Anderson's urge to remind us of his prodigious gifts dates back
to a spring weekend five years ago, when his self-esteem got
clotheslined. On draft day in 1994 Anderson's parents threw a
party for family and friends at their home in Woodland Hills,
Calif. "We had hors d'oeuvres, I made a big bowl of pasta," says
Jamal's mother, Zenobia. "This was the day we'd been waiting
for. We were going to the Show! But the Show didn't show."
Jamal had a nice senior season at Utah, rushing for 1,030 yards.
But he was a classic 'tweener: a trifle slight--and averse to
blocking--to be a true fullback; a bit ponderous, it was thought,
to serve as a feature back. The first three rounds, on Saturday,
came and went. By Sunday, as rounds 4, 5 and 6 passed him by,
Jamal lay down on his parents' bed, depressed, embarrassed and
furious. That's when the Falcons called.
Anderson felt dissed and pissed, and vowed that someone would
have to pay. Four and a half years later, Falcons opponents are
still paying. "That isn't something you get over in a year or
two," Anderson says. "This is careerlong."
The '94 draft galled Anderson not just because he knew in the
marrow of his bones that he was better than most, if not all, of
the 24 backs taken before him. (Where have you gone, Robert
Strait, Anthony Daigle, Calvin Jones? How are you paying the
rent these days, Fred Lester, Tony Vinson, Sean Jackson?) It
also offended his sense of destiny. Having grown up in a
household where Muhammad Ali, Jim Brown, Michael Jackson, Sugar
Ray Leonard, Richard Pryor and numerous other sports and
entertainment luminaries were frequent visitors, young Jamal
simply assumed that great things lay in store for him, too.
His father, James, was a Newark policeman who met Ali at a
Muslim convention in Chicago in 1973. The two hit it off, and
Ali invited Anderson to work for him as a bodyguard. Six years
later James moved his family to Woodland Hills and, using the
connections he had made through Ali, set himself up as a
security consultant who soon had a top-notch reputation. Work
poured in. Now, James is in Scottsdale, Ariz., heading up Mike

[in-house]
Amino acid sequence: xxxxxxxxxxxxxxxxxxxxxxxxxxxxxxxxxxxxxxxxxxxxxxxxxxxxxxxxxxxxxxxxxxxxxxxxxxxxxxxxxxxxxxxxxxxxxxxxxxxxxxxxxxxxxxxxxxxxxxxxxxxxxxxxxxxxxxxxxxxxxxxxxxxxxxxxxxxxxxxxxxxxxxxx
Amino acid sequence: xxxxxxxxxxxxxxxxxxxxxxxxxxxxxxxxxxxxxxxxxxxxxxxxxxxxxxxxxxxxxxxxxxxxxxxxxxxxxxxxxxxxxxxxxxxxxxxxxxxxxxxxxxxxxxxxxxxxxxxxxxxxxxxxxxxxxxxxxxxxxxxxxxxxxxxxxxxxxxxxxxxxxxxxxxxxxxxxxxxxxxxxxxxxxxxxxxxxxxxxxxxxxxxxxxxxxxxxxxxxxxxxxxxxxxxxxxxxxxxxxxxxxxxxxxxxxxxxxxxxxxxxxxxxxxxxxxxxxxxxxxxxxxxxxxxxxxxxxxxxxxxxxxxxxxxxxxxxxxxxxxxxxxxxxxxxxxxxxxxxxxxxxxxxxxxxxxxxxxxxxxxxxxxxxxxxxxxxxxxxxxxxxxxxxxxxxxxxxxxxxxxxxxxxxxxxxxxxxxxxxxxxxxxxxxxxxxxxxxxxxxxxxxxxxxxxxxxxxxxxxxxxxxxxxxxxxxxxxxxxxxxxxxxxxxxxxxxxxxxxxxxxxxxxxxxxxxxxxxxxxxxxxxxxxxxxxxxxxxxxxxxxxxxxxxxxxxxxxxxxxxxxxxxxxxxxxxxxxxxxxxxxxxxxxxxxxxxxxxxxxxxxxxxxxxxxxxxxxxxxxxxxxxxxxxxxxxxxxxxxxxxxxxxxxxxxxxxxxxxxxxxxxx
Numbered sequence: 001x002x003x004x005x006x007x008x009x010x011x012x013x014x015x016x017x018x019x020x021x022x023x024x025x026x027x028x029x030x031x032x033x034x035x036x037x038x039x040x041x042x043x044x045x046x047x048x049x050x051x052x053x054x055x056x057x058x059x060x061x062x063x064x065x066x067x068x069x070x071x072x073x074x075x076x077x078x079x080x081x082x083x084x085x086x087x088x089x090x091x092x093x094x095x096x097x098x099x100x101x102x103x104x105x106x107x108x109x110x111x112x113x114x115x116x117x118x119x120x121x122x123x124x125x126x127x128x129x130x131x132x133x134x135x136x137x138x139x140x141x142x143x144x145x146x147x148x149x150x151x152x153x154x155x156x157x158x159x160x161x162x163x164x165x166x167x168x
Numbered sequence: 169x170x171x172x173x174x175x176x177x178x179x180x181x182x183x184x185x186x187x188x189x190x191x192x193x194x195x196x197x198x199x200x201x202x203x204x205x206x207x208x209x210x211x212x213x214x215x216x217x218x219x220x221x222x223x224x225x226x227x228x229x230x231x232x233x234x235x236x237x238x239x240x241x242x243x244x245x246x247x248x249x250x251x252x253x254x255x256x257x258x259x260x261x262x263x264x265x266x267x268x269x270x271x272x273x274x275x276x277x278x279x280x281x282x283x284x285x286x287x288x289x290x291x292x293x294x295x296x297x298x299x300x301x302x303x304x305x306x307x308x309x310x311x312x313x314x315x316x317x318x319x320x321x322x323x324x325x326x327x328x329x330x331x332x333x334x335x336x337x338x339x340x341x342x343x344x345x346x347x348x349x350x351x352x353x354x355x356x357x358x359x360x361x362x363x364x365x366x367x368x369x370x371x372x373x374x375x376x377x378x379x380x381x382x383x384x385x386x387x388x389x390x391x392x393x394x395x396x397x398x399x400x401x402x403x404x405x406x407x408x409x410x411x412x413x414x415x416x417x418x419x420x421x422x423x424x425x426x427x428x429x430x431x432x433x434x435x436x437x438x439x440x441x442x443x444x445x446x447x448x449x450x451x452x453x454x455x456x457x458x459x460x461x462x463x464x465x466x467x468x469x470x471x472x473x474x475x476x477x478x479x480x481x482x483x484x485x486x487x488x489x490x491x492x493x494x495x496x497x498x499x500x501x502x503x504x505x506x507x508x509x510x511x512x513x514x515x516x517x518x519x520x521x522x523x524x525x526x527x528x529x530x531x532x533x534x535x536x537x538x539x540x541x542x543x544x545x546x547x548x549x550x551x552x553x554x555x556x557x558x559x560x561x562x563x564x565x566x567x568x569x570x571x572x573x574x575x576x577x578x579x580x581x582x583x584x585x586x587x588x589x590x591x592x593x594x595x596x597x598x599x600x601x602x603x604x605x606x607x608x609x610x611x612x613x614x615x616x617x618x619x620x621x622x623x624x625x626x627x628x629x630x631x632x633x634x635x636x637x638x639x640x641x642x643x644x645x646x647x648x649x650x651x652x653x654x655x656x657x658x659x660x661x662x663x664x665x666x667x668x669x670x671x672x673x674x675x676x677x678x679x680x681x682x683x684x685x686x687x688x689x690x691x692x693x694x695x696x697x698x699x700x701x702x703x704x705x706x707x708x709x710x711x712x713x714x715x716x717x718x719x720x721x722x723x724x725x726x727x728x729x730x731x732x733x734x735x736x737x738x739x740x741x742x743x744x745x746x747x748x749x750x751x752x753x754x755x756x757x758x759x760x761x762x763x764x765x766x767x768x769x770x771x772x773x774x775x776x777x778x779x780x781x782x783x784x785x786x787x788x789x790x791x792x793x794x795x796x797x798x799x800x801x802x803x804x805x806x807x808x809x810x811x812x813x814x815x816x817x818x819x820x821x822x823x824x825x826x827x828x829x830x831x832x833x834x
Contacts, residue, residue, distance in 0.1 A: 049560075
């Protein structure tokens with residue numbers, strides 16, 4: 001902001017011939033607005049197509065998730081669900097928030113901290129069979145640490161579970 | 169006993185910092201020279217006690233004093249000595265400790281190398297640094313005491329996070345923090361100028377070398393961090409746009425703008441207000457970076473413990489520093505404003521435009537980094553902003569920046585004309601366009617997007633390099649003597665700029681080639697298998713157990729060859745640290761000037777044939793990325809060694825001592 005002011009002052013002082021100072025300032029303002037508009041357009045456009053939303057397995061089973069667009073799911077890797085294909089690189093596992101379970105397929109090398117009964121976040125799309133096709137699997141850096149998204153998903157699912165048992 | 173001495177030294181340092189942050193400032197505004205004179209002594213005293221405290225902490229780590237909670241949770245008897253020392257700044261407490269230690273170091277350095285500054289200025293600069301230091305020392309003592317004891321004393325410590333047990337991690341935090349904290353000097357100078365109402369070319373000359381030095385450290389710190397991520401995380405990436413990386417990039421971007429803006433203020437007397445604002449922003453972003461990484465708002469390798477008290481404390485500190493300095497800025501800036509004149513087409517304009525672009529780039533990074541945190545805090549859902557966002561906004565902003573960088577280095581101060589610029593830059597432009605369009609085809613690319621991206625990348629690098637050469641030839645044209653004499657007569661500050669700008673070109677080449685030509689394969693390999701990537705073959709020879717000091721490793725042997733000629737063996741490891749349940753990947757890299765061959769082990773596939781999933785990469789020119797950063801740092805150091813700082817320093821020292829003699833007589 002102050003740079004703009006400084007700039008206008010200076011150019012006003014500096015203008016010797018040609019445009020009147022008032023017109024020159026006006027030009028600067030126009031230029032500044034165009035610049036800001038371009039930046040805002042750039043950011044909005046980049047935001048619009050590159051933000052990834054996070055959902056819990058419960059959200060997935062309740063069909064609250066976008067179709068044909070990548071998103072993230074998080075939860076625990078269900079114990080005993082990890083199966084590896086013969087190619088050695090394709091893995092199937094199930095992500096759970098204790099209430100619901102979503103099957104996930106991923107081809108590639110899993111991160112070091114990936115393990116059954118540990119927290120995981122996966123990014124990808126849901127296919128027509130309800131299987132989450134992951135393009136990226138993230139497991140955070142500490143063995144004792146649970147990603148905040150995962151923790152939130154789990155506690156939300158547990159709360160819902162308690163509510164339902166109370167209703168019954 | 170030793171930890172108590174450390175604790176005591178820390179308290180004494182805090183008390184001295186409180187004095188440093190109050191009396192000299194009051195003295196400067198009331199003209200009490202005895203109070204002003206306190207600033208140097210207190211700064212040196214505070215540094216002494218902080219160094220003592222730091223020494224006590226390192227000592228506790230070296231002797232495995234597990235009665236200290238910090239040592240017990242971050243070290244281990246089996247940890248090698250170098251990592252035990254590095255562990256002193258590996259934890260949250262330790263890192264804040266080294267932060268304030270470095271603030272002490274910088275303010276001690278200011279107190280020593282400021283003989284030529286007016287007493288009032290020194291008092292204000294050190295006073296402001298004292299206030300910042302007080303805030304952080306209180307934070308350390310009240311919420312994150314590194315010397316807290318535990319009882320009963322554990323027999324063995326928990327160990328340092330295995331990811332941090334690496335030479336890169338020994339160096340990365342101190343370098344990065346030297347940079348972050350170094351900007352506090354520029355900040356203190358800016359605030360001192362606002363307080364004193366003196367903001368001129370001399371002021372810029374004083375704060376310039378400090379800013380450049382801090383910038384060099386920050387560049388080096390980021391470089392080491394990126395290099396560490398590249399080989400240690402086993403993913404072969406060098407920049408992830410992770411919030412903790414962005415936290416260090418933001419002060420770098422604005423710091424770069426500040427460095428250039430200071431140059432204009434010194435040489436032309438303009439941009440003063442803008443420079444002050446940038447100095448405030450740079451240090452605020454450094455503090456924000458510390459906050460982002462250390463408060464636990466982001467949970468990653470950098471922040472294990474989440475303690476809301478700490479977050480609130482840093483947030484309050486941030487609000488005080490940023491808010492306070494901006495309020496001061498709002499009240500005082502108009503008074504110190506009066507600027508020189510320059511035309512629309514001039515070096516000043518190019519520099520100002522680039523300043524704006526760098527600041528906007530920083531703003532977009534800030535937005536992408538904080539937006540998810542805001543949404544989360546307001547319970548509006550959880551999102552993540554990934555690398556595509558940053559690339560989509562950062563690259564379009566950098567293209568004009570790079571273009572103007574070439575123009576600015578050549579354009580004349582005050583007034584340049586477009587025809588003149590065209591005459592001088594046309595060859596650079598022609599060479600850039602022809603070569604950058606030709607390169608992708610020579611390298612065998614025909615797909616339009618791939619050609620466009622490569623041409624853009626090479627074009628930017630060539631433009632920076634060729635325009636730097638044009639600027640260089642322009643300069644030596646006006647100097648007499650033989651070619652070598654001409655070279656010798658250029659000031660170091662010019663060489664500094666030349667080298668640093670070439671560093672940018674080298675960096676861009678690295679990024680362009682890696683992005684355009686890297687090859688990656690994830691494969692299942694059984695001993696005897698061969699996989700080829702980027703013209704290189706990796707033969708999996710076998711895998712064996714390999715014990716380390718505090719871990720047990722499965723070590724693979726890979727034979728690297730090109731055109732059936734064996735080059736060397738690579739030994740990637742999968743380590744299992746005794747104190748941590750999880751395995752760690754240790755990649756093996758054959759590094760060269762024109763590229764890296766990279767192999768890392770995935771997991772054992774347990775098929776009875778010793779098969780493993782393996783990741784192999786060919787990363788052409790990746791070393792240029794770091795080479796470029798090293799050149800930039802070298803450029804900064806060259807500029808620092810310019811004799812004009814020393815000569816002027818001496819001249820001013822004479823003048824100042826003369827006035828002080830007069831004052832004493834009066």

Tyson's security operation.
Having grown up roller-skating on Pryor's tennis courts and
sleeping over at Donna Summer's place, Jamal and his seven
siblings are neither fazed by celebrities nor bashful around
them. After Ali lost a fight late in his career, the Anderson
kids begged "Uncle Muhammad" to retire. Not long after Roberto
Duran beat Leonard in Montreal in 1980, one of Jamal's sibs
greeted Sugar Ray with the question: "Uncle Ray, how could you
let him hit you like that?"
Recently, Jamal asked Leonard for advice on what sort of charity
work he ought to be doing. Talk to schoolkids, came the reply.
Anderson was way ahead of him. Two years ago he had read in SI
about Dan Huffman, a lineman at Rossville-Alvin High in
Rossville, Ill., who donated a kidney to save the life of his
diabetic grandmother and had to give up football. Anderson was
so touched by Huffman's courage and selflessness that he flew
the teenager to Atlanta to take in a Falcons game. They have
remained friends. In the spring of '97 Huffman asked Anderson if
he would give the commencement address at his graduation.
"I expected him to say, 'Uh, let me think about that,'" says
Huffman, now a student trainer on full scholarship at Florida
State. "Instead, he said, 'No problem.'"
Anderson did not exactly zip in and zip out. He flew into
Cleveland, then met the Rossville-Alvin seniors at the nearby
Cedar Point amusement park. He went on rides with them, sharing
their laughter and nausea. He endured the six-hour drive back to
Rossville, then spent two days there.
"He got to know all my friends," says Huffman, who still seems
slightly incredulous, a year and a half later. "He still asks
about 'em. He wants to know how everybody's doing. He actually
By the time Anderson delivered his speech--he has a video of it,
which he screens only reluctantly--he had met half the people in
the gym. He warmed up his audience with a couple of jokes at the
expense of superintendent Phil Smith and then dean of students
Mark Janesky. He advised the graduates to make lists and seize
the day. "Dreams are the backbone of reality's accomplishments,"
he told them. He could have read the ingredients off a Wheaties
box and gotten wild applause, but instead he gave a substantial
talk that had the added benefit of being brief.
Huffman followed Anderson to the lectern, thanking his friend
"for taking time out of his busy schedule...and also for being
just a great individual." The teenager's voice cracked with
Watching the video from the couch in his Suwanee, Ga., house,
Anderson is misty-eyed, too. "I gotta take this out," he says,
grabbing the remote and clicking off the VCR. He mumbles
something about how he's got to get to bed because it's already
after midnight and he's got practice tomorrow.
Jamal Anderson's heart isn't the first thing you notice about
him, but it's the last thing you forget. The Falcons are on a
roll, and Anderson is blowing up in Atlanta. In Rossville he
could not be any larger.
most, if not all, of the 24 backs taken before him.